Monday, 4 March 2013

He went from jail to NUS law school

Ex-offender turns his life around in jail and will graduate with a law degree this year
By Chang Ai-lien, The Sunday Times, 3 Mar 2013

Fresh-faced Mr Darren Tan graduates this year from the National University of Singapore (NUS) with a law degree.

That is quite an achievement for the 34-year-old, who has spent more than 10 years of his life in jail and received 19 strokes of the cane for drug and gang-related offences.

When he finally straightened himself out, he returned to his studies with a vengeance, aced the A levels and did what many considered an audacious thing - he applied to study law at NUS.

Associate Professor Eleanor Wong, one of two law dons who interviewed him in jail, said he demonstrated character, perseverance and commitment in the way he schooled himself in prison and turned his life around.

"When we interviewed him, he also demonstrated maturity, humility and honesty, all important qualities for doing well not just in law school but in his subsequent career," she told The Sunday Times.

He became the first student with a criminal past to be admitted to the NUS law school.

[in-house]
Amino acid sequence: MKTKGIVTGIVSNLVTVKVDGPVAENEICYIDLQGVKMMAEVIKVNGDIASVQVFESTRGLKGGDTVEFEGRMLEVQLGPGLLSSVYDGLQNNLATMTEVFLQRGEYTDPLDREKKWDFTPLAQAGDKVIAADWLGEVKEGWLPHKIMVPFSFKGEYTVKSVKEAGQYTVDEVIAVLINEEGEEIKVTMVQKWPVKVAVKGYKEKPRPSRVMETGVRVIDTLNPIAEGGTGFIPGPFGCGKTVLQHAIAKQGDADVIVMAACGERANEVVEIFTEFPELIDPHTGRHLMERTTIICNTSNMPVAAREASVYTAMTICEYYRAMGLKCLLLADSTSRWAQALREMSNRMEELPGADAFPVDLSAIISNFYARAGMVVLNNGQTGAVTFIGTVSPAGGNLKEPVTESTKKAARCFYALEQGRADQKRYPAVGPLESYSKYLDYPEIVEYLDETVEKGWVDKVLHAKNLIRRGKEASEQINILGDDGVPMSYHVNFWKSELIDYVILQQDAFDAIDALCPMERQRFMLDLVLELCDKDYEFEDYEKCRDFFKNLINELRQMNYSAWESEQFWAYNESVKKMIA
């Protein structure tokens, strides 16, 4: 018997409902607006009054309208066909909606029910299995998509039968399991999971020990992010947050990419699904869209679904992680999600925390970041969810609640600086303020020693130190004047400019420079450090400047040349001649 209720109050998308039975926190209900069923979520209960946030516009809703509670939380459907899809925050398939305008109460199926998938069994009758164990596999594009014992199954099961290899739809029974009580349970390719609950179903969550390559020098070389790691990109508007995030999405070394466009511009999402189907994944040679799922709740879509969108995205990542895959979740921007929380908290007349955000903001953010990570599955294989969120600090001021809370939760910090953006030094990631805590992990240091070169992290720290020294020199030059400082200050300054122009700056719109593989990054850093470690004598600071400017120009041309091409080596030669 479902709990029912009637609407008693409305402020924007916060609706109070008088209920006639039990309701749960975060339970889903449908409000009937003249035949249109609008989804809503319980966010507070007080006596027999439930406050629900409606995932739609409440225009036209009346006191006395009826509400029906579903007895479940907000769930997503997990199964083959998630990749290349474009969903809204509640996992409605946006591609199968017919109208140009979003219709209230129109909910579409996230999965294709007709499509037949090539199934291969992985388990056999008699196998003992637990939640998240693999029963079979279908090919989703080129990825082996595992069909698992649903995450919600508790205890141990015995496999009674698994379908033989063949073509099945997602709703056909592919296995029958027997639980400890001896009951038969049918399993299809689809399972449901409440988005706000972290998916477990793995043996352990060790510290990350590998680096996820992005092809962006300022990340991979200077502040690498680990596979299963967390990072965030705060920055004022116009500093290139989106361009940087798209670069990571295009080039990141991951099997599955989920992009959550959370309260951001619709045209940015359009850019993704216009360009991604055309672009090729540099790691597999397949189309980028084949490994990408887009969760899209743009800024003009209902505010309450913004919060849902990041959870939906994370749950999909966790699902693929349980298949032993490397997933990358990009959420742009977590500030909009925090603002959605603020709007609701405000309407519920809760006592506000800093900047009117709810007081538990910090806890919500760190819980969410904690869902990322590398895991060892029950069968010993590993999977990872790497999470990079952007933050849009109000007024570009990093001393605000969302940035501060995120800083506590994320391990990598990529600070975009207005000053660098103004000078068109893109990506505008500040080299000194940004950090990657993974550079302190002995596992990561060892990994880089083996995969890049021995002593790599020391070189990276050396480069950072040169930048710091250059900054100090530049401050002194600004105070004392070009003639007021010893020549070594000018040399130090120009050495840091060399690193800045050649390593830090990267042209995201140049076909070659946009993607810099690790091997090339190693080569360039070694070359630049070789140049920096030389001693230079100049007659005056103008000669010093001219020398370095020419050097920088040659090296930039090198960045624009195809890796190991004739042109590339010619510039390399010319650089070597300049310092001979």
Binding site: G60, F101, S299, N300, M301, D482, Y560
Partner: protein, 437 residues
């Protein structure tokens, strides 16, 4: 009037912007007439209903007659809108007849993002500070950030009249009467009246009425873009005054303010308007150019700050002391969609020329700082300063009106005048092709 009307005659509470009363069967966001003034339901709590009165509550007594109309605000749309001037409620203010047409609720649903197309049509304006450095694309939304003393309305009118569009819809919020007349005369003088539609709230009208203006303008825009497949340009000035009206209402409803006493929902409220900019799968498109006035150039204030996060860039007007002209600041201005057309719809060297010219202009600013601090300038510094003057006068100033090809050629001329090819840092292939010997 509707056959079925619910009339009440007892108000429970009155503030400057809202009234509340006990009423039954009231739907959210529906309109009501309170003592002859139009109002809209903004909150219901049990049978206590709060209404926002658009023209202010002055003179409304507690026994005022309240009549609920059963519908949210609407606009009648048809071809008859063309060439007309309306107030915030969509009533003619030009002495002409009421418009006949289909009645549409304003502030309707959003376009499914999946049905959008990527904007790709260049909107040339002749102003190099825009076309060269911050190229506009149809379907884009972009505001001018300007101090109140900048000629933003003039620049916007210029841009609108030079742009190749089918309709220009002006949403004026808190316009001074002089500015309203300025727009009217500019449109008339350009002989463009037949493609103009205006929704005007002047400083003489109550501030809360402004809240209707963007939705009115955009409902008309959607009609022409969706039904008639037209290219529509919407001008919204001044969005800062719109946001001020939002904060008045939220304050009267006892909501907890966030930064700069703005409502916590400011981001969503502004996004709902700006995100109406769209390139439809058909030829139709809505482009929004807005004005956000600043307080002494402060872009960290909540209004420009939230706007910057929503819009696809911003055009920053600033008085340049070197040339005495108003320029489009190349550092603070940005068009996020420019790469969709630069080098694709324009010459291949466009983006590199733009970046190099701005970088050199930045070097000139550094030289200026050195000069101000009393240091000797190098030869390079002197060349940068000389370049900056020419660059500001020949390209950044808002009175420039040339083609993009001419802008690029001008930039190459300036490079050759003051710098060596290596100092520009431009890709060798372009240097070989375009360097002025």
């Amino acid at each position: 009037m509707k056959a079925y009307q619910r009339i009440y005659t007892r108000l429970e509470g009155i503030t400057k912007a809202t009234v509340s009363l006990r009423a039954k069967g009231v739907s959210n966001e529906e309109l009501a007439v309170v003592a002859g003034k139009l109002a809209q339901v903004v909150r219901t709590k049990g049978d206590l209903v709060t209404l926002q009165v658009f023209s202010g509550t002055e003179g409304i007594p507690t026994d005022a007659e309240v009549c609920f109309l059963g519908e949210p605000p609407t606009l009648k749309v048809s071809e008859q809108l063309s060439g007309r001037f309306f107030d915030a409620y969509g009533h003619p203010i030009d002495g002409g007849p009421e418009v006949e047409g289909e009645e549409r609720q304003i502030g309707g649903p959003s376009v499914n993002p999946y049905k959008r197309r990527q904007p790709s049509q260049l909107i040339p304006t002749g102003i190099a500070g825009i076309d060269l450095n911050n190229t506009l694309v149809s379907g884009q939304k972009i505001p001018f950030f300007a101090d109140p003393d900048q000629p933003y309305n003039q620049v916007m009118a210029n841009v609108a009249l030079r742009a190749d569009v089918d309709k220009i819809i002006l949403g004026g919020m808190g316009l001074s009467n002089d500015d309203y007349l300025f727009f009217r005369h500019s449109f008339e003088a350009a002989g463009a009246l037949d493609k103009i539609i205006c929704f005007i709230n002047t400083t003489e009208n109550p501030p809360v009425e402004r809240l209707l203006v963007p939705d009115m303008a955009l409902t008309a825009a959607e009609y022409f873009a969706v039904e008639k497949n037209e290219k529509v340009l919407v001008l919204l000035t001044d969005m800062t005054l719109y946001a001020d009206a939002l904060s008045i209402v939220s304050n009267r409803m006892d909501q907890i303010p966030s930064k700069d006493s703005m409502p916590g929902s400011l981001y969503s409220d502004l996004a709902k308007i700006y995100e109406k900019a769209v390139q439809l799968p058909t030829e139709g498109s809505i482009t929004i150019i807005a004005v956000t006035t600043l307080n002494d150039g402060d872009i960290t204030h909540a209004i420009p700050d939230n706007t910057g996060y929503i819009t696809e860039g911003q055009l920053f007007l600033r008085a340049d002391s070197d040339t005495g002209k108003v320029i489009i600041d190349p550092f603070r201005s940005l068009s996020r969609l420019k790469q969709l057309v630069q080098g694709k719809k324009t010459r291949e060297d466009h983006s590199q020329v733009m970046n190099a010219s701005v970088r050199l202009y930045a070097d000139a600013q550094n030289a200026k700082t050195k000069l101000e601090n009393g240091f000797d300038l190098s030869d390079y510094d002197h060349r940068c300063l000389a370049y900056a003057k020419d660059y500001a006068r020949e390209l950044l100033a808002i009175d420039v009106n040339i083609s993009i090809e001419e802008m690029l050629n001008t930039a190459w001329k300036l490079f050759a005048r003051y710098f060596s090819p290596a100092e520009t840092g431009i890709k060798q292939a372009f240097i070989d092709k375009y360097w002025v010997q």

A latchkey kid, he was an only child whose father worked in a coffee shop and mother at a fruit stall.

He did well in primary school, but in secondary school he joined a gang and began a life of drugs and crime.

By 14, he was smoking marijuana, sniffing glue and taking sleeping pills to get high, before moving on to pricier drugs. He also sold pirated VCDs, collected protection money, and was involved in illegal gambling and drug trafficking.

At 18, he was sent to the Reformative Training Centre for two years for robbery and drug consumption.

After he was released, he went back to trafficking drugs. Eleven months later, he was back in jail for trafficking and taking drugs. This time he was given an eight-year sentence. He was released, only to be caught and sent back for yet another five years, for taking drugs.

He was 25 and behind bars when his turnaround finally came. Alone in his cell and contemplating his crimes, he saw things more clearly at last: "I realised that my past life wasn't very meaningful or satisfying."